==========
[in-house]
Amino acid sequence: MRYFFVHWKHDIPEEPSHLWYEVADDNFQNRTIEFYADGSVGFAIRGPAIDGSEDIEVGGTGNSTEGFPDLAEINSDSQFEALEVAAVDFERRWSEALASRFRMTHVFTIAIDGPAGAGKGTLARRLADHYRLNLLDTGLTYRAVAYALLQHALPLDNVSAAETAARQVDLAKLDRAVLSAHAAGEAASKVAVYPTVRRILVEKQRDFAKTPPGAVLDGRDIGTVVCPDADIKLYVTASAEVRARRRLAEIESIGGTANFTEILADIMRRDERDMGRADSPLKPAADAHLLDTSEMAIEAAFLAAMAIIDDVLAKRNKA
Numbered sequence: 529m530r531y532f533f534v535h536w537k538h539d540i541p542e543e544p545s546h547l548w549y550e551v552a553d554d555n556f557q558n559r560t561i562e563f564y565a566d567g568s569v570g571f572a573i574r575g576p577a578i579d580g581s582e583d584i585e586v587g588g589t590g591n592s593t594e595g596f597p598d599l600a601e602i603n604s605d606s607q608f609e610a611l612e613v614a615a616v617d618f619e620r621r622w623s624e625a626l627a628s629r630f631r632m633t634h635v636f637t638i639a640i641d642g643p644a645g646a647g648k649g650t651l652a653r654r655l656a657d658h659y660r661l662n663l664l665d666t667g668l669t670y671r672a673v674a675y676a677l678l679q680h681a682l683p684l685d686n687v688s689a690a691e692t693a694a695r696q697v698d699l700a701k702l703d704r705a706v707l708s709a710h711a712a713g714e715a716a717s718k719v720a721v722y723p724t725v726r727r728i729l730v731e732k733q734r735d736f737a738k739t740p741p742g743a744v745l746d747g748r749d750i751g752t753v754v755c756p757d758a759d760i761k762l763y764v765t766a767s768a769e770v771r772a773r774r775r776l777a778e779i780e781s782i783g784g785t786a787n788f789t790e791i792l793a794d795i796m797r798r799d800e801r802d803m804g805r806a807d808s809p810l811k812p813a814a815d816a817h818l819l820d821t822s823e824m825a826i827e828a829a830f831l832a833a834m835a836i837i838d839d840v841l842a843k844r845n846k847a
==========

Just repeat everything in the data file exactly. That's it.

[in-house]
Amino acid sequence: MRYFFVHWKHDIPEEPSHLWYEVADDNFQNRTIEFYADGSVGFAIRGPAIDGSEDIEVGGTGNSTEGFPDLAEINSDSQFEALEVAAVDFERRWSEALASRFRMTHVFTIAIDGPAGAGKGTLARRLADHYRLNLLDTGLTYRAVAYALLQHALPLDNVSAAETAARQVDLAKLDRAVLSAHAAGEAASKVAVYPTVRRILVEKQRDFAKTPPGAVLDGRDIGTVVCPDADIKLYVTASAEVRARRRLAEIESIGGTANFTEILADIMRRDERDMGRADSPLKPAADAHLLDTSEMAIEAAFLAAMAIIDDVLAKRNKA
Numbered sequence: 529m530r531y532f533f534v535h536w537k538h539d540i541p542e543e544p545s546h547l548w549y550e551v552a553d554d555n556f557q558n559r560t561i562e563f564y565a566d567g568s569v570g571f572a573i574r575g576p577a578i579d580g581s582e583d584i585e586v587g588g589t590g591n592s593t594e595g596f597p598d599l600a601e602i603n604s605d606s607q608f609e610a611l612e613v614a615a616v617d618f619e620r621r622w623s624e625a626l627a628s629r630f631r632m633t634h635v636f637t638i639a640i641d642g643p644a645g646a647g648k649g650t651l652a653r654r655l656a657d658h659y660r661l662n663l664l665d666t667g668l669t670y671r672a673v674a675y676a677l678l679q680h681a682l683p684l685d686n687v688s689a690a691e692t693a694a695r696q697v698d699l700a701k702l703d704r705a706v707l708s709a710h711a712a713g714e715a716a717s718k719v720a721v722y723p724t725v726r727r728i729l730v731e732k733q734r735d736f737a738k739t740p741p742g743a744v745l746d747g748r749d750i751g752t753v754v755c756p757d758a759d760i761k762l763y764v765t766a767s768a769e770v771r772a773r774r775r776l777a778e779i780e781s782i783g784g785t786a787n788f789t790e791i792l793a794d795i796m797r798r799d800e801r802d803m804g805r806a807d808s809p810l811k812p813a814a815d816a817h818l819l820d821t822s823e824m825a826i827e828a829a830f831l832a833a834m835a836i837i838d839d840v841l842a843k844r845n846k847a